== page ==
We conclude, therefore, that the evidence was not of such a character as to make it error for the court to reject requested instructions upon the doctrine of last clear chance. [2] In addition to this is the fact that the only two instructions requested by appellant upon the subject are defective in themselves for failure to include important elements of the doctrine. Requested instruction B did not state that plaintiff's husband must have ceased to have any power of preventing the accident nor that defendant must have thereafter been guilty of negligence in failing to avoid it. [3] Requested instruction C has all the defects pointed out in Townsend v. Butterfield, 168 Cal. 564 [ 143 P. 760], and in addition it reads "notwithstanding the negligence of the other" instead of "notwithstanding the previous negligence of the other" — an important omission considering that without this omission the phrase was held in the case last cited to exclude the case of the concurring negligence of both parties. That a similar instruction despite its several omissions was held not to be reversible error in the case last cited in view of the testimony and other instructions given in that case does not mean that it is reversible error to refuse to give the same imperfect instruction in this case. As stated by the court in that case, the instruction has many imperfections of brevity. [4] The court did not err in refusing instruction D requested by plaintiff. It stated that the defendant had admitted by failure to deny, in his answer that he had driven or was about to drive his automobile across said State Highway along Old Homestead Road. It is true that the answer does not deny the allegation, but the two pleadings are not such that an admission was made as to where or how the collision occurred and evidence was received throughout the trial without objection as though the question of where the collision took place was open to proof. The requested instruction would have been manifestly unfair as it would have had the effect of eliminating all the testimony to the effect that the collision occurred thirty or forty feet from the intersection of the two roads, which testimony was received without objection and without intimation that any such admission would be claimed after the evidence was closed.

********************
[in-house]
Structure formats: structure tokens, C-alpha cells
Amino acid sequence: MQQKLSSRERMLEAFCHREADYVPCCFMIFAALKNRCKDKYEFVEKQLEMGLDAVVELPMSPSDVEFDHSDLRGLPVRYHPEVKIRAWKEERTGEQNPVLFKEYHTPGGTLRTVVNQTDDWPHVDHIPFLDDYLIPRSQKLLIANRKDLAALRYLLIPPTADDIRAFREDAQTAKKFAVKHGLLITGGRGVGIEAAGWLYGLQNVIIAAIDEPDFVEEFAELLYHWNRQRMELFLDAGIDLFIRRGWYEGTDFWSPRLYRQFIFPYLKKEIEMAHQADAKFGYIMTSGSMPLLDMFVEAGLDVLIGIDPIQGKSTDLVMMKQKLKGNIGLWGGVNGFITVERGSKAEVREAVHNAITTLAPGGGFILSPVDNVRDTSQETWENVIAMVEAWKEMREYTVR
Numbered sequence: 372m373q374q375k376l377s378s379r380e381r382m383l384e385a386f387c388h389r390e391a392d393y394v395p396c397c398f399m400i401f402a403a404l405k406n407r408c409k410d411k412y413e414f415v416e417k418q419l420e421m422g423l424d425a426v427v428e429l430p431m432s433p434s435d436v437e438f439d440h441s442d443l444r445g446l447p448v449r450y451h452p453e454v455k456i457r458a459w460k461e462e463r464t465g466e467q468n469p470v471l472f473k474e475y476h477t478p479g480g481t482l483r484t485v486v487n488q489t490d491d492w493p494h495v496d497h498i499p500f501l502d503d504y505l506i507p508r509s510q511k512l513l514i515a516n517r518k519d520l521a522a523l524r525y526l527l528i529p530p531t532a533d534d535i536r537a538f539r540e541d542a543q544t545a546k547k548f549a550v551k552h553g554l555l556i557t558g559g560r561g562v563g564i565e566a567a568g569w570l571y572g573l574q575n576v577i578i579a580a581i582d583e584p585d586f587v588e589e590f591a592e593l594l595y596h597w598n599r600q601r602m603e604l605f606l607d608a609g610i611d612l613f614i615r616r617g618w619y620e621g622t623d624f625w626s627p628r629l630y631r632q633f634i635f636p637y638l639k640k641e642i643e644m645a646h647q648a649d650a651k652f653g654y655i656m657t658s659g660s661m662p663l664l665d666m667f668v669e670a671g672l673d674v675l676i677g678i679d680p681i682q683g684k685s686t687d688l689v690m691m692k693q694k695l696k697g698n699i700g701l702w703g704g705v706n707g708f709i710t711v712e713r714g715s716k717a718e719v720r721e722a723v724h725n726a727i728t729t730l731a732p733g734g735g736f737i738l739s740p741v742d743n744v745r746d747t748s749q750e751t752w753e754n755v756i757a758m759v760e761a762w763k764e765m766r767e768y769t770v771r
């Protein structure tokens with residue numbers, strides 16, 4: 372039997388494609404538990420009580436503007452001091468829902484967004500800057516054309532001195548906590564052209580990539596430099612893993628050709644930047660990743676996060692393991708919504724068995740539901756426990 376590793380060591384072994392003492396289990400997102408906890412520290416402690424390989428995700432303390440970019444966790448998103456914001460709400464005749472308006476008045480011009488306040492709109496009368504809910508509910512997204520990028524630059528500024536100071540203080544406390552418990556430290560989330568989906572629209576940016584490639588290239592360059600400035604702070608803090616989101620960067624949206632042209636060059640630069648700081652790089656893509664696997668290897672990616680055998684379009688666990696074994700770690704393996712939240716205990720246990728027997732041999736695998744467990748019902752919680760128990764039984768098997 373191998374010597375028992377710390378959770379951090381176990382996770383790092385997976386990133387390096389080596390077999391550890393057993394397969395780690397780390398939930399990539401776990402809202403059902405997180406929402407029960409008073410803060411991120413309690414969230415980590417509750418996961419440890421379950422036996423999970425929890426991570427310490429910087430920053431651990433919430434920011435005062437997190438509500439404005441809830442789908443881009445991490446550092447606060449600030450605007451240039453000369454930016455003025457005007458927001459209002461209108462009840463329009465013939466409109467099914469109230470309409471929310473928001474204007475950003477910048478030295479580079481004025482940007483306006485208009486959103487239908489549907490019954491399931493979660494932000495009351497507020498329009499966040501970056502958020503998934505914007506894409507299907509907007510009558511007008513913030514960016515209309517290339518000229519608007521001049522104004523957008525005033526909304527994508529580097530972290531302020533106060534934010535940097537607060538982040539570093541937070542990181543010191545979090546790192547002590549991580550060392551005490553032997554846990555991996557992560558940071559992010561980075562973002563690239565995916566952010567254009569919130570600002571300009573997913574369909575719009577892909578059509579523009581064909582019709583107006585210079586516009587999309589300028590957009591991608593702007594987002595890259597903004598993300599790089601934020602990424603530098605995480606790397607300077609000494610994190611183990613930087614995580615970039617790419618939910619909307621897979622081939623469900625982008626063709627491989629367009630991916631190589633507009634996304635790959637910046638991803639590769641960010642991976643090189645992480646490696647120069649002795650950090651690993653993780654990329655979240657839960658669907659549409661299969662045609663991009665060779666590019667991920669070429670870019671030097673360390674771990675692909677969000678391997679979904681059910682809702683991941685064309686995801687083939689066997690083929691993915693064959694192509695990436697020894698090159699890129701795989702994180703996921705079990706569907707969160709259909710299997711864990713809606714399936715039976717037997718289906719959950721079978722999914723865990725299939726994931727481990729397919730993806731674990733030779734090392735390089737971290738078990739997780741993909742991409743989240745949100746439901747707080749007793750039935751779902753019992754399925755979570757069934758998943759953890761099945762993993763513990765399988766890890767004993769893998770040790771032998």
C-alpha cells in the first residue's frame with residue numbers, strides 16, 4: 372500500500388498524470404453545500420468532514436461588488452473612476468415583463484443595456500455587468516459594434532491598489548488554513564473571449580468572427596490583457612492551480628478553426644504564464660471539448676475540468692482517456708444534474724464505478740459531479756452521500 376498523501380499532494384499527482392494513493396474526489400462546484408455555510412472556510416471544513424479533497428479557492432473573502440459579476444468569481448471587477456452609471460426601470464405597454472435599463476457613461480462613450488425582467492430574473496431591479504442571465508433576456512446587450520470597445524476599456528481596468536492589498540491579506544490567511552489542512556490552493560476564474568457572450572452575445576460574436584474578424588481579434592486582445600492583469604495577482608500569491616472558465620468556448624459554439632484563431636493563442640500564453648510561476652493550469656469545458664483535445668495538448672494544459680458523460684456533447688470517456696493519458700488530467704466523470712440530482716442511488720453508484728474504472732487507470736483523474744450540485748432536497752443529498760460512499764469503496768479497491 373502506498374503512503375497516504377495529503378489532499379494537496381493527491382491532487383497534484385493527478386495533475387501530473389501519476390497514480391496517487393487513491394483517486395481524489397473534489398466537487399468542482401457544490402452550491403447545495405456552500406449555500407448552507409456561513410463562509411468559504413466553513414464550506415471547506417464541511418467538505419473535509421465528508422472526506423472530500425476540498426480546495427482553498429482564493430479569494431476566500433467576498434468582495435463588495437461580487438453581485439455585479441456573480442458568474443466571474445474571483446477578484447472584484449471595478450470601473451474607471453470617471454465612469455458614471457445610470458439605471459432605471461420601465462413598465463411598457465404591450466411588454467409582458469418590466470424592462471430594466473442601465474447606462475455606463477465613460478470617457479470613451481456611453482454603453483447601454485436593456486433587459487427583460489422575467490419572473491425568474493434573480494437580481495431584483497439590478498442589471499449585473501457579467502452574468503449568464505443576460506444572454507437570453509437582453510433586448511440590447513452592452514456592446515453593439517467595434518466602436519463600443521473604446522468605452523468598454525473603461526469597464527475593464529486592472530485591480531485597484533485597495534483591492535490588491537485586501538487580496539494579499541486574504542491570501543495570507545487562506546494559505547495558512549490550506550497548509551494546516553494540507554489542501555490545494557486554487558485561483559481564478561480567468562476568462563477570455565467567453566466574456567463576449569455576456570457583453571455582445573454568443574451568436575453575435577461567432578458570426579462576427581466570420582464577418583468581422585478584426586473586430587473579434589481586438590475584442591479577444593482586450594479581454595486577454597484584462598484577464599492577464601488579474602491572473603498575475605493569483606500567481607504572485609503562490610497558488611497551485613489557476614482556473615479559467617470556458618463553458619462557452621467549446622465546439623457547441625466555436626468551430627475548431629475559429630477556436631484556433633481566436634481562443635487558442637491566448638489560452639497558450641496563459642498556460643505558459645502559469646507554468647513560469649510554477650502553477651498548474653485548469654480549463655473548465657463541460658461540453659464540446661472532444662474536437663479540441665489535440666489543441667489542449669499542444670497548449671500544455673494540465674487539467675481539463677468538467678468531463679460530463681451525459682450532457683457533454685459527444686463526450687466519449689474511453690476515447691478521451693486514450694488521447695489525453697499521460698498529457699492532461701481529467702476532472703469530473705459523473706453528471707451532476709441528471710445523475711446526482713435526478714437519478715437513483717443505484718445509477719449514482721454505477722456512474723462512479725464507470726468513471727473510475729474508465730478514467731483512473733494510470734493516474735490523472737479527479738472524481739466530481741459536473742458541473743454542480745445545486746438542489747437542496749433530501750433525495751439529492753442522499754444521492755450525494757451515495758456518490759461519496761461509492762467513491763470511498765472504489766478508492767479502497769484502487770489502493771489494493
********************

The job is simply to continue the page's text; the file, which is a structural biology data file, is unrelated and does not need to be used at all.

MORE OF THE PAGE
[5] Appellant criticises instruction XX given by the court. It told the jury in substance that, "if you cannot determine what was the proximate cause of the accident your verdict must be for the defendant." It is said that the proximate cause of the accident might be either defendant's negligence without the assistance of plaintiff's contributory negligence or it might be the defendant's failure to avail himself of the last clear chance; that if the jury felt that it was surely one of these two causes without being able to determine which one of the two was the proximate cause, it could still find for the plaintiff. If we are right in our decision that last clear chance was not in the case under the evidence this instruction is not open to the criticism directed against it by appellant.

[6] It was not error for the court to instruct on unavoidable accident at the request of the defendant. Metcalfe v. Pacific Electric Ry. Co., 63 Cal.App. 331 [ 218 P. 486], is not authority for appellant's contention that unavoidable accident must be specially pleaded by defendant. The appellant was plaintiff in that case. He was claiming error in the refusal of the court to give his requested instruction and to meet respondent's reply, he had to contend that the point was material in the case by reason of either the evidence or special pleading. The court holds that it was neither in the evidence nor specially pleaded and so the instruction could properly be refused. That is to say, so long as defendant did not claim that defense, plaintiff was not entitled to have the jury instructed upon it. This is not a holding that this defense must be specially pleaded to be available to the defendant. Because it was not error to refuse it in that case at the request of the plaintiff does not mean that it was error to give it in this case at request of defendant. Here negligence is pleaded in general terms in the complaint. The answer denies it in general terms. The general denial of the general allegation of negligence permits the defendant to rely upon the defense of unavoidable accident. ( Lehnerts v. Otis Elevator Co. (Mo.), 256 S.W. 819, 822; 45 C.J. 1141, note 52.) The instruction was given by request of defendant and we cannot see how it could be harmful to the plaintiff who in any event had the burden of proving that the collision was occasioned solely by the negligence of the plaintiff which, of course, would exclude unavoidable accident.

The judgment is affirmed.

Nourse, J., and Sturtevant, J., concurred.

A petition for a rehearing of this cause was denied by the District Court of Appeal on May 2, 1929, and a petition by appellant to have the cause heard in the Supreme Court, after judgment in the District Court of Appeal, was denied by the Supreme Court on May 29, 1929.

All the Justices present concurred.

Summaries of

Pearce v. Elbe

Court of Appeal of California, First District, Division Two
Apr 2, 1929
98 Cal.App. 101 (Cal. Ct. App. 1929)

In Pearce v. Elbe, 98 Cal.App. 101 [ 276 P. 389], the court said that the Metcalfe case was not authority for holding that unavoidable accident must be specially pleaded.

Summary of this case from Jolley v. Clemens
Case details for

Pearce v. Elbe

Case Details

Full title:MARGARET I. PEARCE, Appellant, v. ALBERT ELBE, Respondent

Court:Court of Appeal of California, First District, Division Two

Date published: Apr 2, 1929


98 Cal.App. 101 (Cal. Ct. App. 1929)
276 P. 389